Kate del Castillo on the Return of Telemundo's 'La Reina del Sur'
Unlike American serialized dramas that can, and often have, run for years, if not decades (General Hospital just celebrated its 56th year on the air, for example), Spanish-language telenovelas will often run their course over many episodes, and then end their story. They don't usually return for another season.
But when something as hugely popular and successful as Telemundo's La Reina del Sur comes along, exceptions have to be made. The action-drama was based on Arturo Pérez-Reverte's novel of the same name, and depicted the rise of Teresa Mendoza (Kate del Castillo), a young woman from Mexico who becomes the most powerful drug-trafficker in southern Spain. The show initially ran for 63 episodes from February-May 2011, and it became the most successful series in Telemundo's history.
While an American series would have quickly cashed in on that success with frequent renewals, and probably been on at least Season 8 of the series by now, Telemundo, for whatever reason, opted not to extend the franchise at the time. The concept was, however, adapted into an English-language version for USA Network called Queen of the South, starring Alice Braga in the title role. That series does have a number of seasons at this point, and will return for its fourth later this year.
But the series — and the star — that started it all is now back, with Kate del Castillo returning for another go-round as Teresa when La Reina del Sur debuts new episodes on Telemundo starting Monday, April 22. The new series is quite ambitious, shooting on location in eight countries, including Russia, Romania, Italy, Spain, Colombia, Mexico, Belize and the United States. For the first time, the series will feature English subtitles.
The story picks up eight years after Teresa disappeared into the U.S. Federal Witness Protection Program for bringing down Mexican presidential candidate Epifanio Vargas. Hers is now a life of total anonymity as “Maria Dantes,” who is peacefully raising her daughter Sofia (Isabella Sierra) in the Tuscan village of Massa Marittima in Italy. However, her life takes an unexpected turn, and she will do the impossible to reclaim her throne as "La Reina del Sur."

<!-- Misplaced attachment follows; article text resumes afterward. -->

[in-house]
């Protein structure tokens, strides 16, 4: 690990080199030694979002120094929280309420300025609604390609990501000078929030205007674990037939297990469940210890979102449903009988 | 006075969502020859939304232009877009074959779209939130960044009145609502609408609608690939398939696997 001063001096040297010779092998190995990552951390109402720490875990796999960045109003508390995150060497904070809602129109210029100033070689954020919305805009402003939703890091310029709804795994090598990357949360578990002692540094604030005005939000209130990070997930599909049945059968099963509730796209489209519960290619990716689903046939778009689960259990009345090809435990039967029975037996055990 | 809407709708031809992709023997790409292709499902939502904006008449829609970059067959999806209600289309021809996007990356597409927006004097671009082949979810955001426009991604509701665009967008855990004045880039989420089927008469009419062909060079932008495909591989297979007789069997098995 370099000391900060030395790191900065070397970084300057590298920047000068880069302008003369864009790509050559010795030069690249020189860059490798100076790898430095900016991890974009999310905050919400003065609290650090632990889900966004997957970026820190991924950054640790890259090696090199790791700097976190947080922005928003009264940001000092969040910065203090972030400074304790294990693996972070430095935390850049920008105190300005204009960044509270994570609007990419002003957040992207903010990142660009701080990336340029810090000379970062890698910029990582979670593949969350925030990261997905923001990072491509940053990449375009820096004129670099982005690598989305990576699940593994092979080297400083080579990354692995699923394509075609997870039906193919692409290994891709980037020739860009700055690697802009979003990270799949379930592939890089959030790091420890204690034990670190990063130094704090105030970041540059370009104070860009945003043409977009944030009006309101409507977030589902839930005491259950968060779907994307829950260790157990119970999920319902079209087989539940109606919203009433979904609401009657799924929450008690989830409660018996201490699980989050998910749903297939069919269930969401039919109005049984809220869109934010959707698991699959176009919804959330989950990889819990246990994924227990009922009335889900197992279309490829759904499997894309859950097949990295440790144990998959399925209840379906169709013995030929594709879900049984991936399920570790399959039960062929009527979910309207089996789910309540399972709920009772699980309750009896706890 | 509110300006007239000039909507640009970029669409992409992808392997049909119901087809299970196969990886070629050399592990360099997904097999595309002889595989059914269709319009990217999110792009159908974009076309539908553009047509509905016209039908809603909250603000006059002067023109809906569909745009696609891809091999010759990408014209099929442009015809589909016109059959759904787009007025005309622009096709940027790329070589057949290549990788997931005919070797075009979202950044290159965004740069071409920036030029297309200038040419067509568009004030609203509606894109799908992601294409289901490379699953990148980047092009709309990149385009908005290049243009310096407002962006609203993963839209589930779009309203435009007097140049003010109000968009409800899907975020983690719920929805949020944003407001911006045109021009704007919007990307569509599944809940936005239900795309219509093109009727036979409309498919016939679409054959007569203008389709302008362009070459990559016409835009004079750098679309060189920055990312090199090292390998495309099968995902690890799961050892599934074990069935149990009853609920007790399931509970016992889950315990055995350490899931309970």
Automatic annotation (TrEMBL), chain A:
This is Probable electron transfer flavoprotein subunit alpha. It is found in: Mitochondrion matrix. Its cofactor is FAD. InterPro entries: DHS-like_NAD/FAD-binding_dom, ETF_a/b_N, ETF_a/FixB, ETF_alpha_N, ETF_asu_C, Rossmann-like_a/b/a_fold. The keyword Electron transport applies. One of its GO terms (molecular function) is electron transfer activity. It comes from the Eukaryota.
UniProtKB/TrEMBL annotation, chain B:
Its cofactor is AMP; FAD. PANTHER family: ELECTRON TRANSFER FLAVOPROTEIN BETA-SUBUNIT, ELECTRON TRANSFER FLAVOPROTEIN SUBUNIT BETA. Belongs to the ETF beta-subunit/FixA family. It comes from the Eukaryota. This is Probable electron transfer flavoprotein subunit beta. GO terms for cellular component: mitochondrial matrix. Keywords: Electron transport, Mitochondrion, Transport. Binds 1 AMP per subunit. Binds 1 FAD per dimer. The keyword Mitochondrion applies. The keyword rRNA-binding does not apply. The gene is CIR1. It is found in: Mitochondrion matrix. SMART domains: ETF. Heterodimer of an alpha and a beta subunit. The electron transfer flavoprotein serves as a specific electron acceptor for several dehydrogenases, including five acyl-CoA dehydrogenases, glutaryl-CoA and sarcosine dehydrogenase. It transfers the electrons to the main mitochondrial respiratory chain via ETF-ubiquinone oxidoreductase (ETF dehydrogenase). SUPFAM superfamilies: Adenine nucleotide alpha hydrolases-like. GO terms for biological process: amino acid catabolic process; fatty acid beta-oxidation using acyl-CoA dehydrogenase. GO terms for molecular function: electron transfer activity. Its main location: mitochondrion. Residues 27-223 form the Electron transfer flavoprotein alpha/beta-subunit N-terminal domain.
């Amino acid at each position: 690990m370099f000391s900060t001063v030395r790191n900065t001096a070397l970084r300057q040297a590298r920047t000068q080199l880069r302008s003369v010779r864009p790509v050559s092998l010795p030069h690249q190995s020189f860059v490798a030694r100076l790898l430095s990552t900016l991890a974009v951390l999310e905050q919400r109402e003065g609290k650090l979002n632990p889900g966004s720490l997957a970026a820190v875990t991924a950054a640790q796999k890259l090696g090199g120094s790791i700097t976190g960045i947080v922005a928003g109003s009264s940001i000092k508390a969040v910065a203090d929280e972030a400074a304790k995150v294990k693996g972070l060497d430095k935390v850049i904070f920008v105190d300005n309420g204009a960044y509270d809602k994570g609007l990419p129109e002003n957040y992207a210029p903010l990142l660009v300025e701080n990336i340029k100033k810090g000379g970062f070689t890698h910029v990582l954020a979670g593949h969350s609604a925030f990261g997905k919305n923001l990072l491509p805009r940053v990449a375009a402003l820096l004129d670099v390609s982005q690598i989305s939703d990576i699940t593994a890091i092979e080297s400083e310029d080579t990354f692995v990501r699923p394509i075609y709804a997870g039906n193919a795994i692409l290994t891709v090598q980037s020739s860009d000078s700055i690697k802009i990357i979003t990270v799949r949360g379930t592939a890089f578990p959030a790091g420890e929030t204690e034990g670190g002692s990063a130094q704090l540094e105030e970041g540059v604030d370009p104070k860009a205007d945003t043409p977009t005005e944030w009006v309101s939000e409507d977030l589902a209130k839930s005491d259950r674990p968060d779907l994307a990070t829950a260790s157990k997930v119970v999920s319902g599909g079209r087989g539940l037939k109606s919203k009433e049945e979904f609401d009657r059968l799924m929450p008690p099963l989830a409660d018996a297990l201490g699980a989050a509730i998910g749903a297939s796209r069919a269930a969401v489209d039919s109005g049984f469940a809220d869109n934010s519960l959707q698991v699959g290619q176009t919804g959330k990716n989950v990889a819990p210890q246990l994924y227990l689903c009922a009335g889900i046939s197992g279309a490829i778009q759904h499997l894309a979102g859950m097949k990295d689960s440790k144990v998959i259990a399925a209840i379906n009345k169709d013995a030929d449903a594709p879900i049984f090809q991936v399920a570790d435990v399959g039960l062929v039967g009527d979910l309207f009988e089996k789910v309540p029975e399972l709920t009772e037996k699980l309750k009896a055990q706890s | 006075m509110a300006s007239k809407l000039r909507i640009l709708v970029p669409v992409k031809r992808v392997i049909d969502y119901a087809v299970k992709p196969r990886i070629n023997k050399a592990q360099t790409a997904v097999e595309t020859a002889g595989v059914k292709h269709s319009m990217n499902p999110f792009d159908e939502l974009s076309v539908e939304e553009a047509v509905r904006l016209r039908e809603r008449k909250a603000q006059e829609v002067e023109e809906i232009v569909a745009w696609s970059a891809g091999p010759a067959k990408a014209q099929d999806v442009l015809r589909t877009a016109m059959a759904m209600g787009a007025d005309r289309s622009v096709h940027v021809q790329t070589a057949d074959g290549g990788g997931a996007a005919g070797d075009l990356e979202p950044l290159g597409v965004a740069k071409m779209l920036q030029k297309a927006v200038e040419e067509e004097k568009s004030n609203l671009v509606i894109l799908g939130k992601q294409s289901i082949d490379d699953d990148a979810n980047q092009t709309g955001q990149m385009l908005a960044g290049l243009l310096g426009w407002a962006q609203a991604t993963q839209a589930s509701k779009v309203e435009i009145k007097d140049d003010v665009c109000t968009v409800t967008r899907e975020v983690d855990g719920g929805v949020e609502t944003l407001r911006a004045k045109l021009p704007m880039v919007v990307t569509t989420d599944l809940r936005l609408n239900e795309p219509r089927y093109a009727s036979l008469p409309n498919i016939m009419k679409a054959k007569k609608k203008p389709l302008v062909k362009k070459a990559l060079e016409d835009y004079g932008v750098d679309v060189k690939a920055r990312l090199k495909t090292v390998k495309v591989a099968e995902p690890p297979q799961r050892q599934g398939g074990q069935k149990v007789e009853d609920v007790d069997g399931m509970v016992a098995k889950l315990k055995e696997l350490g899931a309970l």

Here's a little taste of the sort of ass-kicking action Teresa Mendoza will be up to again this season, in this La Reina del Sur Season 2 trailer that broke Telemundo's record with just over 8 million views in the first week of its March release:
“This feels like coming home again,” del Castillo told reporters at a press conference earlier this year. “Teresa means a lot to me. It’s the role that allowed me to conquer the medium in a way that impacted my life."
After the press conference, TV Insider had the opportunity to sit down with "La Reina" herself and get more thoughts from del Castillo about Teresa's (and her) triumphant return to this rewarding — but physically and emotionally challenging — role.
It seems like Spanish-language telenovelas returning for more than one season, as "La Reina del Sur" is doing, is not too common. Is this situation pretty unique?
Kate del Castillo: Absolutely. Absolutely it was. I didn't even want to do the second part because there was not a second book, so I was like, "Ah, no, it's already good. Let's leave it like that. It was based on a novel, and let's just leave it like that." Right.
And, but you know what, in seven years, because we signed the contract like two years ago and we were flirting with you know, with executives, with me, and I said, "Okay, I'll do it under one condition." I know [Arturo Pérez-Reverte] doesn't write the episodes, but at least [I wanted his] structure of the whole story because the stories are everything.